11 restaurant and food predictions for 2023

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Almost every major change in our eating habits begins as a fad, which is really just a shared moment between a subset of guests or chefs that gains momentum. Some fads are slowly fading, like wine coolers or molecular gastronomy. Others implode suddenly, like turmeric latte or the pink sauce that rocketed up on TikTok this year and then exploded.

There are fads that become trends and are then woven into the fabric of our time. Who knew a side interest in custom roasted coffee beans in 1960s Berkeley, California would lead to Starbucks?

It’s hard to tell the ephemeral from the permanent, but that doesn’t stop many people from trying. I waded through dozens of reports and press releases and interviewed the top nutrition forecasters in the game to get a glimpse into the 2023 food crystal ball.

At a time of inflation, climate change and global tensions, some forecasts appear bleak. “We’re tired,” said Jennifer Zegler, director of food and beverages at global market research group Mintel. “Simplicity, versatility, escapism and ingenuity are our trends this year.”

Not everything is bleak. Quality Jell-O shots, bright natural-colored food and ’70s-inspired packaging are all in. Food and beverages that make you feel healthier will continue to proliferate, too. “People want something fun, new and natural,” said Claire Lancaster, who forecasts food and drink trends for WGSN.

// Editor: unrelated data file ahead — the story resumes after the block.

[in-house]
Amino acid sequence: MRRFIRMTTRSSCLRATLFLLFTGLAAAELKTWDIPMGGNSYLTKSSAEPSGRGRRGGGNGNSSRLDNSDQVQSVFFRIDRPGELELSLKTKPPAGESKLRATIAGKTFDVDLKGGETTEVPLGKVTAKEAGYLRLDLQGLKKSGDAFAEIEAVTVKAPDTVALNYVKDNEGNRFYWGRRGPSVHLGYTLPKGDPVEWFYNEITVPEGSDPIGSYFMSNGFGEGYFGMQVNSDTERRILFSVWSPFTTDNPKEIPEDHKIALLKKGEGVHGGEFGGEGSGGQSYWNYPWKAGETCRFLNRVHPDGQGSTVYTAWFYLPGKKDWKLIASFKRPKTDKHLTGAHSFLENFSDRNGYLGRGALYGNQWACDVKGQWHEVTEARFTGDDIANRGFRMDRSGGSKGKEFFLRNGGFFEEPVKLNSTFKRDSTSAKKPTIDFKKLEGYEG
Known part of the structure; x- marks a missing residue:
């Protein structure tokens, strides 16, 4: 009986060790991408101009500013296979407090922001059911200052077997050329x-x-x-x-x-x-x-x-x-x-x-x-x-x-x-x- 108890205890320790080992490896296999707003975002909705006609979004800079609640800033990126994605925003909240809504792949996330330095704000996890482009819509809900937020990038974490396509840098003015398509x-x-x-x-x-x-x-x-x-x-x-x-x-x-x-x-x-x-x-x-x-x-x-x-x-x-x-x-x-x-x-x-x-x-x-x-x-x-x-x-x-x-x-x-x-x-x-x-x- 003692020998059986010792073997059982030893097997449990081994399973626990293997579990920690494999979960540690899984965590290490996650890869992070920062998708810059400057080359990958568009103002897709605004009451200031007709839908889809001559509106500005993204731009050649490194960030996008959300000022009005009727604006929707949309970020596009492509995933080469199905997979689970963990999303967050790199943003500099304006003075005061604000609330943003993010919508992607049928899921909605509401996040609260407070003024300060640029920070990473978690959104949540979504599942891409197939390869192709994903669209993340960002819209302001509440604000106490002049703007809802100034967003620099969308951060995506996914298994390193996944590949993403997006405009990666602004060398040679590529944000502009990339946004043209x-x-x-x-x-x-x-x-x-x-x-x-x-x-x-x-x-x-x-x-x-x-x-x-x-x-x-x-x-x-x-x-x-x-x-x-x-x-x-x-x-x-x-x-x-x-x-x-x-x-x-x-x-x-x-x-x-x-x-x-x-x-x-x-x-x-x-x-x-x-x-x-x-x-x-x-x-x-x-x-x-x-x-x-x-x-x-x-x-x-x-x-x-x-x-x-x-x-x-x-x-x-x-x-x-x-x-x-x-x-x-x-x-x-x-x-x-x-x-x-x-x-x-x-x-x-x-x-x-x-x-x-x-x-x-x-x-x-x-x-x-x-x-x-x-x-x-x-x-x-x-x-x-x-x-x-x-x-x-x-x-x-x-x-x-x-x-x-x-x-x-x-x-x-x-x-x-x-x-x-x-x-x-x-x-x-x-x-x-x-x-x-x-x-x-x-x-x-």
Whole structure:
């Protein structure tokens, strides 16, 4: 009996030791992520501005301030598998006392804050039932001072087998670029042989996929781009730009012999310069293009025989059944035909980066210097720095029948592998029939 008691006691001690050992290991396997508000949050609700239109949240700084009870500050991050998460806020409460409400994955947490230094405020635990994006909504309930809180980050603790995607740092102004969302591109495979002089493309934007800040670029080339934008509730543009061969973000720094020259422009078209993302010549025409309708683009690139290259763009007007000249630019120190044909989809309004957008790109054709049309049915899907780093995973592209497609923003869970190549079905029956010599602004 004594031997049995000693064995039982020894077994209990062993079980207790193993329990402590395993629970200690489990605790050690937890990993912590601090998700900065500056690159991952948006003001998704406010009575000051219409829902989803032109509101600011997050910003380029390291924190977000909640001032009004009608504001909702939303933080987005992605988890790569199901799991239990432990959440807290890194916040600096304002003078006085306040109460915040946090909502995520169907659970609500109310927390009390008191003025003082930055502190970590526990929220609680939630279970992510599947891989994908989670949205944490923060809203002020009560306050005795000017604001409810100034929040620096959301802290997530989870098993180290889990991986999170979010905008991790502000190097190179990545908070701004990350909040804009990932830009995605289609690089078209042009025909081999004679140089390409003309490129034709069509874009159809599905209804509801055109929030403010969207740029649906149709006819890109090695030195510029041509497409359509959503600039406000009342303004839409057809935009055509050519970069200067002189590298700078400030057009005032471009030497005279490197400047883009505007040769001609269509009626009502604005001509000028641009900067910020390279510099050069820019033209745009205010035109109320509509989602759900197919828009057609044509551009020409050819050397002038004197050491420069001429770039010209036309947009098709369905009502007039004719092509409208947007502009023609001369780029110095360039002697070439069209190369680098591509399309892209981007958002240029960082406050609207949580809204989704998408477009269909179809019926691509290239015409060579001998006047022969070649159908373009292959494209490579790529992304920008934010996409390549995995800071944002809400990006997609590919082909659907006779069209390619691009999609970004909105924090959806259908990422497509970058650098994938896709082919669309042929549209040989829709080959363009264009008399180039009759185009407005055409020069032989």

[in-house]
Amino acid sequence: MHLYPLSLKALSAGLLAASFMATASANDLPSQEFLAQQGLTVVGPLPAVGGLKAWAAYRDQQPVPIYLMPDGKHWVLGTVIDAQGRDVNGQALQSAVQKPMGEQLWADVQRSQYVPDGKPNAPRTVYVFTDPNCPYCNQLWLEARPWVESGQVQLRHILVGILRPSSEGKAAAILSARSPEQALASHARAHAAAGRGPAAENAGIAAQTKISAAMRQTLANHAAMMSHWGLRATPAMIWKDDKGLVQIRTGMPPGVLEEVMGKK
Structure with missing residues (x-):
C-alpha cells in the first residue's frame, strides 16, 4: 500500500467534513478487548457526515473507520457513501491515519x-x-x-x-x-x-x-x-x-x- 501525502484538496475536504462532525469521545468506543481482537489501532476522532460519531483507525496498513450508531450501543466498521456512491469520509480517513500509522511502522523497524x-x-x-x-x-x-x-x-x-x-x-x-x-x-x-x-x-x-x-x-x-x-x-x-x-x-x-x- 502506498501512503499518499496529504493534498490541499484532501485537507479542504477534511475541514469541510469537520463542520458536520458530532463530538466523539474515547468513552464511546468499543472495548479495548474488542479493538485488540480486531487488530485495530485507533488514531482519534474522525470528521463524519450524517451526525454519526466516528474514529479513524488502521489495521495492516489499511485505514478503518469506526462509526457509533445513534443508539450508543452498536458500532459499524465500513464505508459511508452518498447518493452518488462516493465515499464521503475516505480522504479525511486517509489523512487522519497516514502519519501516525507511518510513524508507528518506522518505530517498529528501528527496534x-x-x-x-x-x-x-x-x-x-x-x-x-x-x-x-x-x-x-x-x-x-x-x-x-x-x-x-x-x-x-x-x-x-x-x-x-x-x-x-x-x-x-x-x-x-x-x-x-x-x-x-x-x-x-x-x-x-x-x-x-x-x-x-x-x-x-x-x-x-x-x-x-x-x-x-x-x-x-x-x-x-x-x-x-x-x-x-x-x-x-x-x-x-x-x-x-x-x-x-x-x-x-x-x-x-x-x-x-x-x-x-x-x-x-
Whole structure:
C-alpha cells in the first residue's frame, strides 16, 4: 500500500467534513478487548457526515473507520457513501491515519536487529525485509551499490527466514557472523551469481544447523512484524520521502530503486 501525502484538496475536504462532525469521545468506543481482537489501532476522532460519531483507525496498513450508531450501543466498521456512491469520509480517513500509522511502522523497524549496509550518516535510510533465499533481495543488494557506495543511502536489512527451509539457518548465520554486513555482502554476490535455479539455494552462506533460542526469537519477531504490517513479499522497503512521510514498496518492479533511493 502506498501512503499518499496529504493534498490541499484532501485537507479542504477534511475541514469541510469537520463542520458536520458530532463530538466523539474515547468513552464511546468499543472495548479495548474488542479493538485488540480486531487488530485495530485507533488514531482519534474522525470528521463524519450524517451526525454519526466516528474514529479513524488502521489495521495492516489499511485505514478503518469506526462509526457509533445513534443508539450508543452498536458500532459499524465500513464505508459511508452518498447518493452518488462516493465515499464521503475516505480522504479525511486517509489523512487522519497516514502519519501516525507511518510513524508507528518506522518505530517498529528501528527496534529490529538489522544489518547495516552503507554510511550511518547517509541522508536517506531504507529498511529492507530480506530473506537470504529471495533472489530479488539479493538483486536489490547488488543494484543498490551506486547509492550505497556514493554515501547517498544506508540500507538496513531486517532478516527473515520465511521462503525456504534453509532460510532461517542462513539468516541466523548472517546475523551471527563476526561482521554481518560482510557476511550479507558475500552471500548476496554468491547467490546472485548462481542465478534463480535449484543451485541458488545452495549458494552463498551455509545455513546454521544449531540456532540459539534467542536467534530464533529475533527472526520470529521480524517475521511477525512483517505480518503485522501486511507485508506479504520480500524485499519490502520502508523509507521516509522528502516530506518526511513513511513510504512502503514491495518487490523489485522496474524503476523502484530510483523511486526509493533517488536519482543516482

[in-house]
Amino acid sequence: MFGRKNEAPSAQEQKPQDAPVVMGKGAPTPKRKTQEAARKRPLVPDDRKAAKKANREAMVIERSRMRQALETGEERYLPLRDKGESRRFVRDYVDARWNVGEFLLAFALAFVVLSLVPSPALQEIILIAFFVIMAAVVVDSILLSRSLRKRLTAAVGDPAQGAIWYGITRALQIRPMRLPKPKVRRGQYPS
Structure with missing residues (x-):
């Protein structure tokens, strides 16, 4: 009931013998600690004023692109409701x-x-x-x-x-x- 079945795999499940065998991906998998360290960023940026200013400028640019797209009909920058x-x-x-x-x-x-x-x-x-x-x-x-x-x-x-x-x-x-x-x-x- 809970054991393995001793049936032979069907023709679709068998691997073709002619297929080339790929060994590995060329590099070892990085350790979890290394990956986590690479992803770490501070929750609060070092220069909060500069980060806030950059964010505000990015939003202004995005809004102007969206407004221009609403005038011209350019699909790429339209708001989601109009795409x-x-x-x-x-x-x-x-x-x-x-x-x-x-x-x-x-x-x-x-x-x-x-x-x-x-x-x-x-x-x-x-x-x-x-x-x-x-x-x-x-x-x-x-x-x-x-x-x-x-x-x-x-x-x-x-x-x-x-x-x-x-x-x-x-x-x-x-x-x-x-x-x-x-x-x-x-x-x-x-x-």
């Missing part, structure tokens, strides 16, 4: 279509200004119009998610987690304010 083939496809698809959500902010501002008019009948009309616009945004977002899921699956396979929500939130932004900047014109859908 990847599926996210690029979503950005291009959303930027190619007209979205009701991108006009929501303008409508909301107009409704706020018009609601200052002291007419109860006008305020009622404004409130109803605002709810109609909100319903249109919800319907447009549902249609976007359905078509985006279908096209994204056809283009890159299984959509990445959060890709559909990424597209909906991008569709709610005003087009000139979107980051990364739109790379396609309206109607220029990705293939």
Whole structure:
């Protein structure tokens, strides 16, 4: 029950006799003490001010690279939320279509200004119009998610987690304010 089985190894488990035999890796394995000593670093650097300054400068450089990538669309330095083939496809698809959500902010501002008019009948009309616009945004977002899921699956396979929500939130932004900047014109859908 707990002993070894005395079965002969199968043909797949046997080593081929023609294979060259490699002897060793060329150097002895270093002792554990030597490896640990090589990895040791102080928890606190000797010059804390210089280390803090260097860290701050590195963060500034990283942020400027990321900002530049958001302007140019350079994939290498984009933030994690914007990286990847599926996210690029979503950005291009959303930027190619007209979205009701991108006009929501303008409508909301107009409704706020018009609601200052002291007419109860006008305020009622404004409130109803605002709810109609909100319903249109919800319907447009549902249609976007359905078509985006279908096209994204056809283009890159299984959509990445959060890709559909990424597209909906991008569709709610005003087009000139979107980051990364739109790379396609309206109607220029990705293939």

Here are 10 interpretations of the tea leaves.

Embrace the brine. Fresh, invigorating sea flavors have spawned a craze for coastal cocktails garnished with crab claws and oysters. Dan Levy, the actor and host of The Big Brunch, makes Clamato cool. Sea vegetables like kelp and sea creatures like Uni have secured spots on several trending lists.

Calling yourself a climate animal is so 2022. The new term is regenerivor. It is no longer about eating sustainably, which implies a state of preservation of the status quo. A new generation wants food from companies that are actively healing the planet through low-carbon agriculture, stricter animal welfare policies, and fair treatment of the people who grow and process food.

Look for big changes to reduce packaging waste. More chefs will use what Mintel calls “climate hero ingredients” like teff, fava and lupine beans, and more diners will choose foods and drinks that improve their health and that of the planet. Even the alcohol industry has started throwing around words like eco-orientation. “These companies don’t just want to be seen as doing the right thing on a daily basis,” says Joan Driggs, who researches retail trends and consumer products for data analytics firm IRI. “They really want to be seen, making a positive difference.”

Chicken skins have been trying to oust chicharrones for a while, but this could be their year. Riding the wave of an obsessive interest in all forms of fried chicken, crispy chicken skins are the foundation of nachos in pop-ups and with sauce and condiments as appetizers at restaurants. Rising chicken prices have chefs looking for ways to get more out of the bird. Asian cuisines, which regularly use chicken skins, provide culinary inspiration.

Perdue chef Chris Moyer put the skins high on his list of most promising chicken products and likes them in place of croutons in salads or as toupees for roasts. And then there’s the crunch factor, which more than 70 percent of consumers seek in a snack, said Denise Lefebvre, senior vice president of research and development at PepsiCo Foods. “People love the crunch,” she said. “Anything that enhances the senses is now big.”